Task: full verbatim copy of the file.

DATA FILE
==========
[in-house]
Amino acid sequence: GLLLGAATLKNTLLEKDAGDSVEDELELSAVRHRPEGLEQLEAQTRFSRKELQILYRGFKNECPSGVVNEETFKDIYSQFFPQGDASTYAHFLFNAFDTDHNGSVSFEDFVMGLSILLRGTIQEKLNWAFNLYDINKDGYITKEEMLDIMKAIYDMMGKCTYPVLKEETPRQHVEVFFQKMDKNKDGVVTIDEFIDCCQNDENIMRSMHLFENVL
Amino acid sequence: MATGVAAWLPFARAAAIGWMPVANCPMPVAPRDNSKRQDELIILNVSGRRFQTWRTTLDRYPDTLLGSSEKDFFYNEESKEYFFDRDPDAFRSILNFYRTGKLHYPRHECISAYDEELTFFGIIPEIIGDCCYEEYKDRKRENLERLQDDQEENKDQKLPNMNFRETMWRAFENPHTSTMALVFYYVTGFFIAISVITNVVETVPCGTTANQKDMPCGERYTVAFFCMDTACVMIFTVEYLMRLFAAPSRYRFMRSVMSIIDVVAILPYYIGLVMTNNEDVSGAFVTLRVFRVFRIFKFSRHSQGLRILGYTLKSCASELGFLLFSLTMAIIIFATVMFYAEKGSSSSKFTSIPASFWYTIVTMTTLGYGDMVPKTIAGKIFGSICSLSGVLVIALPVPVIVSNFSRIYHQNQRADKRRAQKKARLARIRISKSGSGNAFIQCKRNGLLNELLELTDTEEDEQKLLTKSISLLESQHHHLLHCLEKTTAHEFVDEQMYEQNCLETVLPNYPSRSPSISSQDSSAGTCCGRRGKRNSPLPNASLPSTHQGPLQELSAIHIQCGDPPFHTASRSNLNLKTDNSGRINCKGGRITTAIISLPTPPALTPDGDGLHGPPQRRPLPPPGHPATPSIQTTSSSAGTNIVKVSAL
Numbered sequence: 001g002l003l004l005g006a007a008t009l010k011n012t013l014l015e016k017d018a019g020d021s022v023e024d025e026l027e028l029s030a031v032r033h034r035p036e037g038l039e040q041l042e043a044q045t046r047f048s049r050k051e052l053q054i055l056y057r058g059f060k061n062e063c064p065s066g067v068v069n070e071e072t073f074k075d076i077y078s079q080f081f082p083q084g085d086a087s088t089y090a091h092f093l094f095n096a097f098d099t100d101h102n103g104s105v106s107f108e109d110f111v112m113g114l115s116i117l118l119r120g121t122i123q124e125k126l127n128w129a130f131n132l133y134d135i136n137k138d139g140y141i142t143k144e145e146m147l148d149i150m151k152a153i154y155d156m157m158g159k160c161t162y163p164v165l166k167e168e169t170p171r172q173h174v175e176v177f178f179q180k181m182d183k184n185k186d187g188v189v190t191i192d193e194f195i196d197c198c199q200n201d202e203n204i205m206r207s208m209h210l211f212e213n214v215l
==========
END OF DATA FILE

[in-house]
Amino acid sequence: GLLLGAATLKNTLLEKDAGDSVEDELELSAVRHRPEGLEQLEAQTRFSRKELQILYRGFKNECPSGVVNEETFKDIYSQFFPQGDASTYAHFLFNAFDTDHNGSVSFEDFVMGLSILLRGTIQEKLNWAFNLYDINKDGYITKEEMLDIMKAIYDMMGKCTYPVLKEETPRQHVEVFFQKMDKNKDGVVTIDEFIDCCQNDENIMRSMHLFENVL
Amino acid sequence: MATGVAAWLPFARAAAIGWMPVANCPMPVAPRDNSKRQDELIILNVSGRRFQTWRTTLDRYPDTLLGSSEKDFFYNEESKEYFFDRDPDAFRSILNFYRTGKLHYPRHECISAYDEELTFFGIIPEIIGDCCYEEYKDRKRENLERLQDDQEENKDQKLPNMNFRETMWRAFENPHTSTMALVFYYVTGFFIAISVITNVVETVPCGTTANQKDMPCGERYTVAFFCMDTACVMIFTVEYLMRLFAAPSRYRFMRSVMSIIDVVAILPYYIGLVMTNNEDVSGAFVTLRVFRVFRIFKFSRHSQGLRILGYTLKSCASELGFLLFSLTMAIIIFATVMFYAEKGSSSSKFTSIPASFWYTIVTMTTLGYGDMVPKTIAGKIFGSICSLSGVLVIALPVPVIVSNFSRIYHQNQRADKRRAQKKARLARIRISKSGSGNAFIQCKRNGLLNELLELTDTEEDEQKLLTKSISLLESQHHHLLHCLEKTTAHEFVDEQMYEQNCLETVLPNYPSRSPSISSQDSSAGTCCGRRGKRNSPLPNASLPSTHQGPLQELSAIHIQCGDPPFHTASRSNLNLKTDNSGRINCKGGRITTAIISLPTPPALTPDGDGLHGPPQRRPLPPPGHPATPSIQTTSSSAGTNIVKVSAL
Numbered sequence: 001g002l003l004l005g006a007a008t009l010k011n012t013l014l015e016k017d018a019g020d021s022v023e024d025e026l027e028l029s030a031v032r033h034r035p036e037g038l039e040q041l042e043a044q045t046r047f048s049r050k051e052l053q054i055l056y057r058g059f060k061n062e063c064p065s066g067v068v069n070e071e072t073f074k075d076i077y078s079q080f081f082p083q084g085d086a087s088t089y090a091h092f093l094f095n096a097f098d099t100d101h102n103g104s105v106s107f108e109d110f111v112m113g114l115s116i117l118l119r120g121t122i123q124e125k126l127n128w129a130f131n132l133y134d135i136n137k138d139g140y141i142t143k144e145e146m147l148d149i150m151k152a153i154y155d156m157m158g159k160c161t162y163p164v165l166k167e168e169t170p171r172q173h174v175e176v177f178f179q180k181m182d183k184n185k186d187g188v189v190t191i192d193e194f195i196d197c198c199q200n201d202e203n204i205m206r207s208m209h210l211f212e213n214v215l